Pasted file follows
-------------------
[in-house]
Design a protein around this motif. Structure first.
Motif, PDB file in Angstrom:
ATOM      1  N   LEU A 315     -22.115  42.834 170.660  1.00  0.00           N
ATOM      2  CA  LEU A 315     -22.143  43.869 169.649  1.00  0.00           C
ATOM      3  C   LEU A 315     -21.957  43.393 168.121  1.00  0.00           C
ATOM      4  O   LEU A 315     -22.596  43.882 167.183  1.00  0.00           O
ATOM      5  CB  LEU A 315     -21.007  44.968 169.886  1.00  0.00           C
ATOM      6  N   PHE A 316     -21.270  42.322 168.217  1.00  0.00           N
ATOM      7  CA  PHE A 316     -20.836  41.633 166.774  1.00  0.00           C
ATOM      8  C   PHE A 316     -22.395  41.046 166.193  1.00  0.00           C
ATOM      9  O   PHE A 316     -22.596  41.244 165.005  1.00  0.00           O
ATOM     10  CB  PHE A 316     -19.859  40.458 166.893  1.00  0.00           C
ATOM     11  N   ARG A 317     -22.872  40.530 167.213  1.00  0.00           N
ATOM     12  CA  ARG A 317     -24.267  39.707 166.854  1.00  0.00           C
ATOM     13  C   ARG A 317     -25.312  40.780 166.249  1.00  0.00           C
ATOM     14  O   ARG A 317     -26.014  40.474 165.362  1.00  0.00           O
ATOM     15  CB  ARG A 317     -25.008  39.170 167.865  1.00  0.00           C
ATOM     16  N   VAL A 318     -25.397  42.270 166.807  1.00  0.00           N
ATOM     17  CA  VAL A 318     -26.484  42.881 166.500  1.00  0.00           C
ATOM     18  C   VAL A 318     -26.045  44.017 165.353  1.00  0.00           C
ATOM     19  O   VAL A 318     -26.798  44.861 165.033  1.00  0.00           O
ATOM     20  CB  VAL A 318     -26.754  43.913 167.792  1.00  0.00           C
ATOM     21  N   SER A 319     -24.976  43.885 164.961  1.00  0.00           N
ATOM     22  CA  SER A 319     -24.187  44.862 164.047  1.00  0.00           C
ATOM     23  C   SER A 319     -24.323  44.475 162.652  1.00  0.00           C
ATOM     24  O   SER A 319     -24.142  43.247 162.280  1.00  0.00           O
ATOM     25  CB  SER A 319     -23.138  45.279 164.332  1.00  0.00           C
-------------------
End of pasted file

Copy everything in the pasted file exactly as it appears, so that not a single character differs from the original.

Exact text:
[in-house]
Design a protein around this motif. Structure first.
Motif, PDB file in Angstrom:
ATOM      1  N   LEU A 315     -22.115  42.834 170.660  1.00  0.00           N
ATOM      2  CA  LEU A 315     -22.143  43.869 169.649  1.00  0.00           C
ATOM      3  C   LEU A 315     -21.957  43.393 168.121  1.00  0.00           C
ATOM      4  O   LEU A 315     -22.596  43.882 167.183  1.00  0.00           O
ATOM      5  CB  LEU A 315     -21.007  44.968 169.886  1.00  0.00           C
ATOM      6  N   PHE A 316     -21.270  42.322 168.217  1.00  0.00           N
ATOM      7  CA  PHE A 316     -20.836  41.633 166.774  1.00  0.00           C
ATOM      8  C   PHE A 316     -22.395  41.046 166.193  1.00  0.00           C
ATOM      9  O   PHE A 316     -22.596  41.244 165.005  1.00  0.00           O
ATOM     10  CB  PHE A 316     -19.859  40.458 166.893  1.00  0.00           C
ATOM     11  N   ARG A 317     -22.872  40.530 167.213  1.00  0.00           N
ATOM     12  CA  ARG A 317     -24.267  39.707 166.854  1.00  0.00           C
ATOM     13  C   ARG A 317     -25.312  40.780 166.249  1.00  0.00           C
ATOM     14  O   ARG A 317     -26.014  40.474 165.362  1.00  0.00           O
ATOM     15  CB  ARG A 317     -25.008  39.170 167.865  1.00  0.00           C
ATOM     16  N   VAL A 318     -25.397  42.270 166.807  1.00  0.00           N
ATOM     17  CA  VAL A 318     -26.484  42.881 166.500  1.00  0.00           C
ATOM     18  C   VAL A 318     -26.045  44.017 165.353  1.00  0.00           C
ATOM     19  O   VAL A 318     -26.798  44.861 165.033  1.00  0.00           O
ATOM     20  CB  VAL A 318     -26.754  43.913 167.792  1.00  0.00           C
ATOM     21  N   SER A 319     -24.976  43.885 164.961  1.00  0.00           N
ATOM     22  CA  SER A 319     -24.187  44.862 164.047  1.00  0.00           C
ATOM     23  C   SER A 319     -24.323  44.475 162.652  1.00  0.00           C
ATOM     24  O   SER A 319     -24.142  43.247 162.280  1.00  0.00           O
ATOM     25  CB  SER A 319     -23.138  45.279 164.332  1.00  0.00           C